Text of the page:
CHICAGO (Reuters) -- Chinese firms bought up to 600,000 tonnes of U.S. soybeans on Monday for shipment from November to January as part of a tariff-free quota allotted to the importers to buy up to 2 million tonnes this week, two sources with knowledge of the deals said.
Monday's purchases come ahead of high-level U.S.-China trade talks, due to begin next week, aimed at ending a nearly 15-month trade war that has slashed U.S. agricultural exports and rattled global markets.
Between two and 10 cargoes of about 60,000 tonnes of soybeans had already been sold, the sources said. One source said buyers included both private and state-owned firms.
China has frequently made goodwill purchases of U.S. agricultural goods ahead of trade talks.
Benchmark U.S. soybean futures on the Chicago Board of Trade rallied about 1.5% on Monday as talk circulated of renewed Chinese buying.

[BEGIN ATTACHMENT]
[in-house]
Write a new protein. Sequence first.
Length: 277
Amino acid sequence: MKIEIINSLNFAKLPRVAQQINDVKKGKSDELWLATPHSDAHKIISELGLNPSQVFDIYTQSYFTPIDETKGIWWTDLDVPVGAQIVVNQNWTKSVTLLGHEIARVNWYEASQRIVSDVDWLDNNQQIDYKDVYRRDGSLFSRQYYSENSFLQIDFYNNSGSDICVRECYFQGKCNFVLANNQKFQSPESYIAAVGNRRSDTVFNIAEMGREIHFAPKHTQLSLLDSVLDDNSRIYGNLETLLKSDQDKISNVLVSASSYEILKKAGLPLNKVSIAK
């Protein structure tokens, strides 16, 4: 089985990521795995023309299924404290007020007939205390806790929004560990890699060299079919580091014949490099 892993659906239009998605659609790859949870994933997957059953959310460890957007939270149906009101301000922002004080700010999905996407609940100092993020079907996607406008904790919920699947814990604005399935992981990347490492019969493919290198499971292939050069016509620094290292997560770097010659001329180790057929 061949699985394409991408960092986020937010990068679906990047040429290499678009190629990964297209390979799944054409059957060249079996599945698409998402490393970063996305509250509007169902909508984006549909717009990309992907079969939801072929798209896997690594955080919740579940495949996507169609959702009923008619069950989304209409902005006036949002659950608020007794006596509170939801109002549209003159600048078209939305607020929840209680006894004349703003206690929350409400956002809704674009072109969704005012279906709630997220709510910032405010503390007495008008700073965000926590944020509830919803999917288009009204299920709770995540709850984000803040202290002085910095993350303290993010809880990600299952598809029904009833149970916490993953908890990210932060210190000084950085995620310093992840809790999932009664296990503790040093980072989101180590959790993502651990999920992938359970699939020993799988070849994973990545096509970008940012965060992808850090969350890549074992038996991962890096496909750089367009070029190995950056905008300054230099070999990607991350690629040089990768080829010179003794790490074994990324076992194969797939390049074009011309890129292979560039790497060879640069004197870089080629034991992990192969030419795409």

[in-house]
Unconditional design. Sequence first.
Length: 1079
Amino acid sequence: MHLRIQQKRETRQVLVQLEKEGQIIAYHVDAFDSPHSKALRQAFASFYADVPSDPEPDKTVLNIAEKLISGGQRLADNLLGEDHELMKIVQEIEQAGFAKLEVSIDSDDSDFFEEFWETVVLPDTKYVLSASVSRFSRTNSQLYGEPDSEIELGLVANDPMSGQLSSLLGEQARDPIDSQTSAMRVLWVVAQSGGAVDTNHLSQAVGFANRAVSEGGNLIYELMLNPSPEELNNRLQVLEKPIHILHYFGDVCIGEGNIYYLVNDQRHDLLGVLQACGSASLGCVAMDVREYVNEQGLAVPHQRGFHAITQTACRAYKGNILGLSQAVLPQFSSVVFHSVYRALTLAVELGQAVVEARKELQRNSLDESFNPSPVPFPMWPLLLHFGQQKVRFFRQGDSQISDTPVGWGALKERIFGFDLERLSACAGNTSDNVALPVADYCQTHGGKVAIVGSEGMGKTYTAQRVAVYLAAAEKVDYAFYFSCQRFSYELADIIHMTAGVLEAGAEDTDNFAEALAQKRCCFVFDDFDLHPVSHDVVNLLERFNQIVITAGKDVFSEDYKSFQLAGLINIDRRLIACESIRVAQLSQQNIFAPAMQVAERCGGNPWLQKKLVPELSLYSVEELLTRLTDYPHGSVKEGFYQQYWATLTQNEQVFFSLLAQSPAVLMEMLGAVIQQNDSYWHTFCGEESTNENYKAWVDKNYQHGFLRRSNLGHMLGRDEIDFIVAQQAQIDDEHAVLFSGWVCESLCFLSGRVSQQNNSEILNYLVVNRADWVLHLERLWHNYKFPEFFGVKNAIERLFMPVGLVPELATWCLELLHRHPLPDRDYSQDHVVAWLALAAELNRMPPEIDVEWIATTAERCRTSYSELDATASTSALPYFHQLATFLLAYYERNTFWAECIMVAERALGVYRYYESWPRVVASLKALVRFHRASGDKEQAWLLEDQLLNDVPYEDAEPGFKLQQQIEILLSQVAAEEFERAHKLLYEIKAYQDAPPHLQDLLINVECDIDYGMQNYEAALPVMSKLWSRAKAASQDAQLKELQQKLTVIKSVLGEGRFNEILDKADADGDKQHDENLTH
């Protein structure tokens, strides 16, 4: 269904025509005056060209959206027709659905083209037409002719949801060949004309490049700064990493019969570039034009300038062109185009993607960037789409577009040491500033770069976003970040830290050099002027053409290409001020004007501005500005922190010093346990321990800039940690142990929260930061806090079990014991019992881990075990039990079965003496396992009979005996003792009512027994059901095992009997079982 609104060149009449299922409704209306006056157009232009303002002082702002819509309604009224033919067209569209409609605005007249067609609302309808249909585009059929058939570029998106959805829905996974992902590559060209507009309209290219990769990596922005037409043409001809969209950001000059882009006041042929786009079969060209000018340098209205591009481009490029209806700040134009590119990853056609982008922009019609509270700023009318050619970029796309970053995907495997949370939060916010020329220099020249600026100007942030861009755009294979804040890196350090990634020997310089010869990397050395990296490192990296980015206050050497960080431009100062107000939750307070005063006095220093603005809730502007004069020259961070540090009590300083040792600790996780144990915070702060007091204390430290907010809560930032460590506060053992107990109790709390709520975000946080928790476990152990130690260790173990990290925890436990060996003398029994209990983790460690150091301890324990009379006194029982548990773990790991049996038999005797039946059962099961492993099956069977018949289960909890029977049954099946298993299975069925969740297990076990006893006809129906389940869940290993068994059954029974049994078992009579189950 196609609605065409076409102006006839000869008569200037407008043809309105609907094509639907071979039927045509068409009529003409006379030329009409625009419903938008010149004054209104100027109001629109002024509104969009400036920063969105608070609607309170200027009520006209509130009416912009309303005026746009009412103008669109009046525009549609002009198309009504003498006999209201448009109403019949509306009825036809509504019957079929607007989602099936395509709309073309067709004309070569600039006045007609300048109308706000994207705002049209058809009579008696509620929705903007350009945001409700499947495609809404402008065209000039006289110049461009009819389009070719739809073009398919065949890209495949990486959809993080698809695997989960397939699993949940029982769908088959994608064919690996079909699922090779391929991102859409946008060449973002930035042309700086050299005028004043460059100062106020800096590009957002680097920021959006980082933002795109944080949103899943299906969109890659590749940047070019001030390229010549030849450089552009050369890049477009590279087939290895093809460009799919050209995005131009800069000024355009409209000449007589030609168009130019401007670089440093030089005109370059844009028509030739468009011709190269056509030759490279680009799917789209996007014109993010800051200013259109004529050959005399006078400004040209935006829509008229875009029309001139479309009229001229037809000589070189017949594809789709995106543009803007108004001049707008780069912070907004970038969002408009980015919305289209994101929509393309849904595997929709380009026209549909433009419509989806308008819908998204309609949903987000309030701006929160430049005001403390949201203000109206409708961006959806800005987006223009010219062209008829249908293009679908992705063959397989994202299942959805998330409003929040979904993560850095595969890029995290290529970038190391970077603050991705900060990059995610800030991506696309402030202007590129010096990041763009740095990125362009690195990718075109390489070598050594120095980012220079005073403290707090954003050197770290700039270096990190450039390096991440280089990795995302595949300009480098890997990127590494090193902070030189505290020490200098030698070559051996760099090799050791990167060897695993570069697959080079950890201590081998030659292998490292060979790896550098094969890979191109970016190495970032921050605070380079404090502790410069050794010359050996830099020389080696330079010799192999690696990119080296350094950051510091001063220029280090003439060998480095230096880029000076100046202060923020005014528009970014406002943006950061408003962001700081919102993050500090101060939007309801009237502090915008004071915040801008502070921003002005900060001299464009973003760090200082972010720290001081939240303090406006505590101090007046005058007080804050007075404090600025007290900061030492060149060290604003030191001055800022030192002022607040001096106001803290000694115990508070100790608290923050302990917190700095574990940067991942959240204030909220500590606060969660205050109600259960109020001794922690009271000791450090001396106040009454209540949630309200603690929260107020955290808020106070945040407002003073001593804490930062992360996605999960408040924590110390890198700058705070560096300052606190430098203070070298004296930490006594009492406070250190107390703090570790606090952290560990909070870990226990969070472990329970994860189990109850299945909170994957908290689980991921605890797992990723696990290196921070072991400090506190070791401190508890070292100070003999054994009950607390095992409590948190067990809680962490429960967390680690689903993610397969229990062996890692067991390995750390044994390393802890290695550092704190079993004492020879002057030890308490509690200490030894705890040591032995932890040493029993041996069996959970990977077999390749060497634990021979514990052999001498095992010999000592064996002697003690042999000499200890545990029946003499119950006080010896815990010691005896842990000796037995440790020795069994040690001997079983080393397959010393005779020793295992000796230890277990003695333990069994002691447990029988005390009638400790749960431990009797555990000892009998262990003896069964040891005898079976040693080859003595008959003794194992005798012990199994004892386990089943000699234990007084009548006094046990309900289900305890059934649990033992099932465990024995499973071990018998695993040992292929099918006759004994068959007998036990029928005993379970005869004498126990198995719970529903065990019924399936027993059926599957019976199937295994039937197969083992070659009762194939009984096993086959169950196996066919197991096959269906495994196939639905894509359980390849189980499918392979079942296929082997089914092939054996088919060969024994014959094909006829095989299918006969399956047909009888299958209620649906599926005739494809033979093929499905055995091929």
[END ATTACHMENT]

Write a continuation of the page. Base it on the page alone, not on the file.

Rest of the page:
Importers in China booked more than 1 million tonnes in U.S. soy purchases last week following deputy-level talks in Washington in the largest wave of buying since at least June.
China, which has sourced the majority of its soybeans from South America since its trade war with the United States erupted last year, gave waivers to several importers to buy U.S. soy exempt from retaliatory tariffs as a goodwill gesture ahead of negotiations.
A trade war resolution is far from clear after sources said U.S. President Donald Trump's administration is considering delisting Chinese companies from U.S. stock exchanges. Beijing warned on Monday that the move, which would be a radical escalation of U.S.-China trade tensions, would destabilize international markets.